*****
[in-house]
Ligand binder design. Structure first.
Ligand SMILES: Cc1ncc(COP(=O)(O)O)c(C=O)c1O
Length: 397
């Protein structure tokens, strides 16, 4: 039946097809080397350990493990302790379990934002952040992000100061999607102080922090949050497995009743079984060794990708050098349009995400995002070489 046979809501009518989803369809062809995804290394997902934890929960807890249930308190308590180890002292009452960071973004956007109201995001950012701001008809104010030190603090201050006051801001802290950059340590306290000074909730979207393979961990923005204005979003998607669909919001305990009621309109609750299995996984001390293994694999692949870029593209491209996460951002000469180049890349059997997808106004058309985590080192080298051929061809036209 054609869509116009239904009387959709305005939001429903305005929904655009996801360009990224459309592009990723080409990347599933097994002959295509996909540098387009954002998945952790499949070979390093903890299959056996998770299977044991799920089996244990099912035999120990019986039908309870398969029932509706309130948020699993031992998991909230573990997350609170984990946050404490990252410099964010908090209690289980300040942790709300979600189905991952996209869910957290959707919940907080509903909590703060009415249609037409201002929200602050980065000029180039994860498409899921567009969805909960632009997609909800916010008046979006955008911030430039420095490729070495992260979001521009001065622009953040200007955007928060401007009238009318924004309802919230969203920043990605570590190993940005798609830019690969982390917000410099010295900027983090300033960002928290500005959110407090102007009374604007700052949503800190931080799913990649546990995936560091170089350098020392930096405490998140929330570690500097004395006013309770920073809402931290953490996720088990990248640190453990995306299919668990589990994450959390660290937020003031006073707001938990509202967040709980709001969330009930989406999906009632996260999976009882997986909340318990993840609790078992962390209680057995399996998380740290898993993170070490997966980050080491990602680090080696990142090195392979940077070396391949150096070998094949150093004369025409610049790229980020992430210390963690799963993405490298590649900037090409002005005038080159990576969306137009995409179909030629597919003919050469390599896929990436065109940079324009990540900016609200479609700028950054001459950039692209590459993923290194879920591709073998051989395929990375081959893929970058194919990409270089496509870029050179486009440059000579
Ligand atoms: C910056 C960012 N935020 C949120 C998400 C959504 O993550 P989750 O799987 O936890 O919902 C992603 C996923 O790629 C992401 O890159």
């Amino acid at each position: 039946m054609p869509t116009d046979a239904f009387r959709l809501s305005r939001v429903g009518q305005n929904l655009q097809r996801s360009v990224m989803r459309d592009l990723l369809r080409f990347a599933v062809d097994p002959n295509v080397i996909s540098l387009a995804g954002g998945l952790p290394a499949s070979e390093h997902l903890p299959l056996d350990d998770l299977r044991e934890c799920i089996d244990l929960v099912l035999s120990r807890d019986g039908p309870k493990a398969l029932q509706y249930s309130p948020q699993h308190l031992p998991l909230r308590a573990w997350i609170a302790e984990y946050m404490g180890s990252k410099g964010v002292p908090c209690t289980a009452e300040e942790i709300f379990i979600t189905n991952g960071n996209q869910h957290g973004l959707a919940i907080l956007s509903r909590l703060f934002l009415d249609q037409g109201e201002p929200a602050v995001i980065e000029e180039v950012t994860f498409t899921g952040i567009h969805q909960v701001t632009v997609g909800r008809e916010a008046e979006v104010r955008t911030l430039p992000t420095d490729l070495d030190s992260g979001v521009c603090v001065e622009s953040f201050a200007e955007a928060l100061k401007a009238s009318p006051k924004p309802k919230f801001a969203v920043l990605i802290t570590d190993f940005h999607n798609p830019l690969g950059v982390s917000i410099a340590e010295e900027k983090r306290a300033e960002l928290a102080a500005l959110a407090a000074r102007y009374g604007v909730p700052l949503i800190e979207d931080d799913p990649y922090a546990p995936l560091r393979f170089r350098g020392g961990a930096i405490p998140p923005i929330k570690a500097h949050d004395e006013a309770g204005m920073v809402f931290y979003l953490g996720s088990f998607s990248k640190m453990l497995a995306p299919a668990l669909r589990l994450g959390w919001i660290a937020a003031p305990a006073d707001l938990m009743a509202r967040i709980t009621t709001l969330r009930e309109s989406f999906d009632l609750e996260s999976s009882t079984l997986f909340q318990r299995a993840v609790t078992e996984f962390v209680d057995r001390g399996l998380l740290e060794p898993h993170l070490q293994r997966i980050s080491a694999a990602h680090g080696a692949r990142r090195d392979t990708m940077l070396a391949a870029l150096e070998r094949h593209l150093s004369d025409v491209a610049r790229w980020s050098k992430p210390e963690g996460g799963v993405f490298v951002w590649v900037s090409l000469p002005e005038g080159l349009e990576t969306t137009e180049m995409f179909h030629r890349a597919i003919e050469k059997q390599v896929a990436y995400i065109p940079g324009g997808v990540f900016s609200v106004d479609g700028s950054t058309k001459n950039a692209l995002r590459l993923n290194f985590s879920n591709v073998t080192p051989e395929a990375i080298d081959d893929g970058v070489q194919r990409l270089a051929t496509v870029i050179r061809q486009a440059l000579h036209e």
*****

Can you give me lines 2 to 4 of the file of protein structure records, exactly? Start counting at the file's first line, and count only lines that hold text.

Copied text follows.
Ligand binder design. Structure first.
Ligand SMILES: Cc1ncc(COP(=O)(O)O)c(C=O)c1O
Length: 397